About London

About London
О книге

Книга "About London", автором которой является James Ritchie, представляет собой захватывающую работу в жанре Зарубежная классика. В этом произведении автор рассказывает увлекательную историю, которая не оставит равнодушными читателей.

Автор мастерски воссоздает атмосферу напряженности и интриги, погружая читателя в мир загадок и тайн, который скрывается за хрупкой поверхностью обыденности. С прекрасным чувством языка и виртуозностью сюжетного развития, James Ritchie позволяет читателю погрузиться в сложные эмоциональные переживания героев и проникнуться их судьбами. Ritchie настолько живо и точно передает неповторимые нюансы человеческой психологии, что каждая страница книги становится путешествием в глубины человеческой души.

"About London" - это не только захватывающая история, но и искусство, проникнутое глубокими мыслями и философскими размышлениями. Это произведение призвано вызвать у читателя эмоциональные отклики, задуматься о важных жизненных вопросах и открыть новые горизонты восприятия мира.


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What would the Englishman do without his newspaper I cannot imagine. The sun might just as well refuse to shine, as the press refuse to turn out its myriads of newspapers. Conversation would cease at once. Brown, with his morning paper in his hand, has very decided opinions indeed, – can tell you what the French Emperor is about, – what the Pope will be compelled to do, – what is the aim of Sardinia, – and what is Austria’s little game. I dined at Jenkins’s yesterday, and for three hours over the wine I was compelled to listen to what I had read in that morning’s Times. The worst of it was, that when I joined the ladies I was no better off, as the dear creatures were full of the particulars of the grand Rifle Ball. When I travel by the rail, I am gratified with details of divorce cases – of terrible accidents – of dreadful shipwrecks – of atrocious murders – of ingenious swindling, all brought to light by means of the press. What people could have found to talk about before the invention of newspapers, is beyond my limited comprehension. They must have been a dull set in those dark days; I suppose the farmers and country gentlemen talked of bullocks, and tradespeople about trade; the ladies about fashions, and cookery, and the plague of bad servants. We are wonderfully smarter now, and shine, though it be with a borrowed light.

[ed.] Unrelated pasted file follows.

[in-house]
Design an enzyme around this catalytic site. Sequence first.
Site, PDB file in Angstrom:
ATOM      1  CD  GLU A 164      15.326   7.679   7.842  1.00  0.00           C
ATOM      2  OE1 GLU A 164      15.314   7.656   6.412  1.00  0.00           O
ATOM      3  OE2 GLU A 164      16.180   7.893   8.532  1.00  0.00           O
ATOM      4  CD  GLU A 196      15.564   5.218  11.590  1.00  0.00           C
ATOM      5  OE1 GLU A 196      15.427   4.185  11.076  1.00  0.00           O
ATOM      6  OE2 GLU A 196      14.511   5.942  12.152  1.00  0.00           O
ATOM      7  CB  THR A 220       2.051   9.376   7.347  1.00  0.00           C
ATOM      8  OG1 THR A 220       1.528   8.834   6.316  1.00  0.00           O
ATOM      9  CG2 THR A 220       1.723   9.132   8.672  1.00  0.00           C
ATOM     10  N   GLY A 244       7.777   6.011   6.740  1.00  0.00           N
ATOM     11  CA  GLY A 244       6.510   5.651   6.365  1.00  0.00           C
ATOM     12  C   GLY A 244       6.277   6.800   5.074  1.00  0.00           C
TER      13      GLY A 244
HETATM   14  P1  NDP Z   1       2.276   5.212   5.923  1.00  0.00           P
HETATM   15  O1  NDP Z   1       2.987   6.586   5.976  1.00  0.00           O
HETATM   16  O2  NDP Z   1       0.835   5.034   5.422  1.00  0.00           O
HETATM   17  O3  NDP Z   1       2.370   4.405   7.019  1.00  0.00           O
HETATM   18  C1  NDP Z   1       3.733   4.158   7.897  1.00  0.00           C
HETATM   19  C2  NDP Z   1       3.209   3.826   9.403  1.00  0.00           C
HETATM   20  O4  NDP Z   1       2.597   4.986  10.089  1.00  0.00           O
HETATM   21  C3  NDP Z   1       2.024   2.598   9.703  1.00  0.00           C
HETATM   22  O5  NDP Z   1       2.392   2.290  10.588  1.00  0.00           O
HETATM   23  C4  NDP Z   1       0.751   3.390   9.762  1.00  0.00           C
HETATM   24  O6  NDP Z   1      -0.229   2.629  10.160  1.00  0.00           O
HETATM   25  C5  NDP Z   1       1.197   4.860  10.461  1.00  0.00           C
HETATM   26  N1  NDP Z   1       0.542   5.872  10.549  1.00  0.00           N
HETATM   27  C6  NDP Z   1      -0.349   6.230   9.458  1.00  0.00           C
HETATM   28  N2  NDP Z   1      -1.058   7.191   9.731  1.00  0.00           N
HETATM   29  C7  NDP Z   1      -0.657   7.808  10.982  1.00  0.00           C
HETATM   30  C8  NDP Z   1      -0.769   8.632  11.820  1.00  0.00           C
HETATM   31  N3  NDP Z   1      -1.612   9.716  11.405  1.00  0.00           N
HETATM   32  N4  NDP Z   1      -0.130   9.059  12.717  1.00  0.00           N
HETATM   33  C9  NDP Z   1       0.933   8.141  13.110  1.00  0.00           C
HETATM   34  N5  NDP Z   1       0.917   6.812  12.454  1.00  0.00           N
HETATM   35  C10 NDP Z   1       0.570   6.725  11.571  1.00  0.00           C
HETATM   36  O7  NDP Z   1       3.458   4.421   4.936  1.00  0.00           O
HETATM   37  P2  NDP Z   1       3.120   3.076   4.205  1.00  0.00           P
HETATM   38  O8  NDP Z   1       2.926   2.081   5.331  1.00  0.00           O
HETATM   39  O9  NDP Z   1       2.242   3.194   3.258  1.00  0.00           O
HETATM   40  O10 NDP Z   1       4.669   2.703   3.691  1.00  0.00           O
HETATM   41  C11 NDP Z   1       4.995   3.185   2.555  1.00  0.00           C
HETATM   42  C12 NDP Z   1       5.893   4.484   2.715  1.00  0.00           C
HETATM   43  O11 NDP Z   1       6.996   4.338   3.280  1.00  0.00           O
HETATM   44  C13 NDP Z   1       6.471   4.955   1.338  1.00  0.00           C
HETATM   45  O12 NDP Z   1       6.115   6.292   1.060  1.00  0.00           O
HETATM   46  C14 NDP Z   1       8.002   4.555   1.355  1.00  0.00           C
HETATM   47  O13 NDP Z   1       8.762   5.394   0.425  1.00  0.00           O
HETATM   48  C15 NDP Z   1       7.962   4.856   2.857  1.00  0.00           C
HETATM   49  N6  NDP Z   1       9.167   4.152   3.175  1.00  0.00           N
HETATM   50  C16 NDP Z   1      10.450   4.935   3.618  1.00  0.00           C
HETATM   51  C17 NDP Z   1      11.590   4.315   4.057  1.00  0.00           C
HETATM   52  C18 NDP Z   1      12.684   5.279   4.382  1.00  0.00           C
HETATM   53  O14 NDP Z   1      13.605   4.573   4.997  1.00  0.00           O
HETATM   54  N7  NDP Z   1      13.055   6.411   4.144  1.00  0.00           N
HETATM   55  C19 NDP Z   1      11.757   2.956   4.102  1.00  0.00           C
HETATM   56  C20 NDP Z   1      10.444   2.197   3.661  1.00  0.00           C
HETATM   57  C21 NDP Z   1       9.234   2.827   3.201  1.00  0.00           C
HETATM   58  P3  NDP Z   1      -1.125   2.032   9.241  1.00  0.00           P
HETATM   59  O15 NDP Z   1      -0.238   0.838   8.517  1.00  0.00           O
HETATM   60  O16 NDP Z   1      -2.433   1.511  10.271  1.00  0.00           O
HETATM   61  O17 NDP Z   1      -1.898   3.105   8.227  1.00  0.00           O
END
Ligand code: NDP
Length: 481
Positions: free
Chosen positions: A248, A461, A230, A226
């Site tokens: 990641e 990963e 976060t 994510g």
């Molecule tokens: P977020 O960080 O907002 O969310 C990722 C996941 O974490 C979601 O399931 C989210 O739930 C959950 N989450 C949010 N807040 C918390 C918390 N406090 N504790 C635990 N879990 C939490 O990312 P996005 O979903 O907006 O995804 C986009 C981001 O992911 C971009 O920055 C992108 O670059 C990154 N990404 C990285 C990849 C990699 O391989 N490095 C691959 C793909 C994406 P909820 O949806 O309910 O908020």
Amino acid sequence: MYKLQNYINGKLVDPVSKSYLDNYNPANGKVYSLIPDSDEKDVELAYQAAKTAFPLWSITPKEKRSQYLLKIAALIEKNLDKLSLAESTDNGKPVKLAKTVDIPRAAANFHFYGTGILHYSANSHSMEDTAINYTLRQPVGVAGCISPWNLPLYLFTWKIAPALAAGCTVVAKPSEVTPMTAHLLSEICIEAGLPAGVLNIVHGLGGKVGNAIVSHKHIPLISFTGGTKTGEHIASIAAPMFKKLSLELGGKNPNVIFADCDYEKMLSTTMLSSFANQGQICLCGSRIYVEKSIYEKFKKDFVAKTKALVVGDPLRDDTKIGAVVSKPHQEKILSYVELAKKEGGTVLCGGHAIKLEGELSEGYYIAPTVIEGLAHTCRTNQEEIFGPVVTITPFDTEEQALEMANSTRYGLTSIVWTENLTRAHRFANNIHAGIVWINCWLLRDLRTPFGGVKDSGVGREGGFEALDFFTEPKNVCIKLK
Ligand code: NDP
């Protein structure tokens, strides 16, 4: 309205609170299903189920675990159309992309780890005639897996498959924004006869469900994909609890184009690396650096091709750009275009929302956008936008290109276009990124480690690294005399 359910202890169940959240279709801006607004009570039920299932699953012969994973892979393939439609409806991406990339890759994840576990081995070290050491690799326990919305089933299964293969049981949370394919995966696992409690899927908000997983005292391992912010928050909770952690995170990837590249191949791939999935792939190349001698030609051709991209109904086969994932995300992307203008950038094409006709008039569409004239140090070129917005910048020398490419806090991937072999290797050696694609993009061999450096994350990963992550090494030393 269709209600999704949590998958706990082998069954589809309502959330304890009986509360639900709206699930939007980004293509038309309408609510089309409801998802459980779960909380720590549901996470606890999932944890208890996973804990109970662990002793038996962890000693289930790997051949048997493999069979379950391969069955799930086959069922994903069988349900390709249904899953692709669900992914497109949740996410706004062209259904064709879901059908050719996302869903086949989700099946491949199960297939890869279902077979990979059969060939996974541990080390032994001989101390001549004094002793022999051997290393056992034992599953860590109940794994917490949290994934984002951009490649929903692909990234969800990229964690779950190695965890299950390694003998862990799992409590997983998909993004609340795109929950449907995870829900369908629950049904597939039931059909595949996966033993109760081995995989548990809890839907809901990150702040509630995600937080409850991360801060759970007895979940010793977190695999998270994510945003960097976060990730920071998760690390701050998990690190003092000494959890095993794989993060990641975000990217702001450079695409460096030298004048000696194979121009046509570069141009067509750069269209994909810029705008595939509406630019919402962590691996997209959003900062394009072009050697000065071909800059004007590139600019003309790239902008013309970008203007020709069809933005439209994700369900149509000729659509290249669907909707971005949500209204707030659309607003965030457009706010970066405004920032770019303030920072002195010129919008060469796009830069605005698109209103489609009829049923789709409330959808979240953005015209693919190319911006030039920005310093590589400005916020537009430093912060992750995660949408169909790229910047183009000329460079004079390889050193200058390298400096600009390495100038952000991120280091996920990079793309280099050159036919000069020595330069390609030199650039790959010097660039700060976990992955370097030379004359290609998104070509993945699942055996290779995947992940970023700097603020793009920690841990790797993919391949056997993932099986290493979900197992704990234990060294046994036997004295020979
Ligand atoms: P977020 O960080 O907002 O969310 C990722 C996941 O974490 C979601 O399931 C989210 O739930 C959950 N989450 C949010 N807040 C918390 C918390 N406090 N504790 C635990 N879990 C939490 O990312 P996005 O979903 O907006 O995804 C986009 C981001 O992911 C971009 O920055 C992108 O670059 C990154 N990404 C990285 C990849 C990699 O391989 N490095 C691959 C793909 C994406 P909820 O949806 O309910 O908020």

A daily newspaper is, to a man of my way of thinking, one of the most wonderful phenomena of these latter days. It is a crown of glory to our land. It is true, in some quarters, a contrary opinion is held. “The press,” Mr. David Urquhart very seriously tells us, “is an invention for the development of original sin.” In the opinion of that amiable cynic, the late Mr. Henry Drummond, a newspaper is but a medium for the circulation of gossip; but, in spite of individuals, the general fact remains that the press is not merely a wonderful organization, but an enormous power in any land – in ours most of all, where public opinion rules more or less directly. Our army in the Crimea was saved by the Times. When the Times turned, free-trade was carried. The Times not long since made a panic, and securities became in some cases utterly unsaleable, and some seventy stockbrokers were ruined. The Times says we don’t want a Reform Bill, and Lord John can scarce drag his measure through the Commons. But it is not of the power, but of the organization of the press I would speak. According to geologists, ages passed away before this earth of ours became fit for human habitation; volcanic agencies were previously to be in action – plants and animals, that exist not now, were to be born, and live, and die – tropical climates were to become temperate, and oceans, solid land. In a similar way, the newspaper is the result of agencies and antecedents almost equally wondrous and remote. For ages have science, and nature, and man been preparing its way. Society had to become intellectual – letters had to be invented – types had to be formed – paper had to be substituted for papyrus – the printing-press had to become wedded to steam – the electric-telegraph had to be discovered, and the problem of liberty had to be solved, in a manner more or less satisfactory, before a newspaper, as we understand the word, could be; and that we have the fruit of all this laid on our breakfast-table every morning, for at the most five-pence, and at the least one-penny, is wonderful indeed. But, instead of dwelling on manifest truisms, let us think awhile of a newspaper-office, and those who do business there. Externally, there is nothing remarkable in a newspaper-office. You pass by at night, and see many windows lighted with gas, that is all. By daylight there is nothing to attract curiosity, indeed, in the early part of the day, there is little going on at a newspaper-office. When you and I are hard at work, newspaper people are enjoying their night; when you and I are asleep, they are hard at work for us. They have a hot-house appearance, and are rarely octogenarians. The conscientious editor of a daily newspaper can never be free from anxiety. He has enough to do to keep all to their post; he must see that the leader-writers are all up to the mark – that the reporters do their duty – that the literary critic, and the theatrical critic, and the musical critic, and the city correspondent, and the special reporter, and the host of nameless contributors, do not disappoint or deceive the public, and that every day the daily sheet shall have something in it to excite, or inform, or improve. But while you and I are standing outside, the editor, in some remote suburb, is, it may be, dreaming of pleasanter things than politics and papers. One man, however, is on the premises, and that is the manager. He represents the proprietors, and is, in his sphere, as great a man as the editor. It is well to be deferential to the manager. He is a wonder in his way, – literary man, yet man of business. He must know everybody, be able at a moment’s notice to pick the right man out, and send him, it may be, to the Antipodes. Of all events that are to come off in the course of the year, unexpected or the reverse, he must have a clear and distinct perception, that he may have eye-witnesses there for the benefit of the British public. He, too, must contrive, so that out-goings shall not exceed receipts, and that the paper pays. He must be active, wide-awake, possessed of considerable tact, and if, when an Irish gentleman, with a big stick, calls and asks to see the editor or manager, he knows how to knock a man down, so much the better. Of course, managers are not required for the smaller weeklies. In some of the offices there is very little subdivision of labour. The editor writes the leaders and reviews, and the sub-editor does the paste-and-scissors work. But let us return to the daily paper; – outside of the office of which we have been so rude as to leave the reader standing all this while.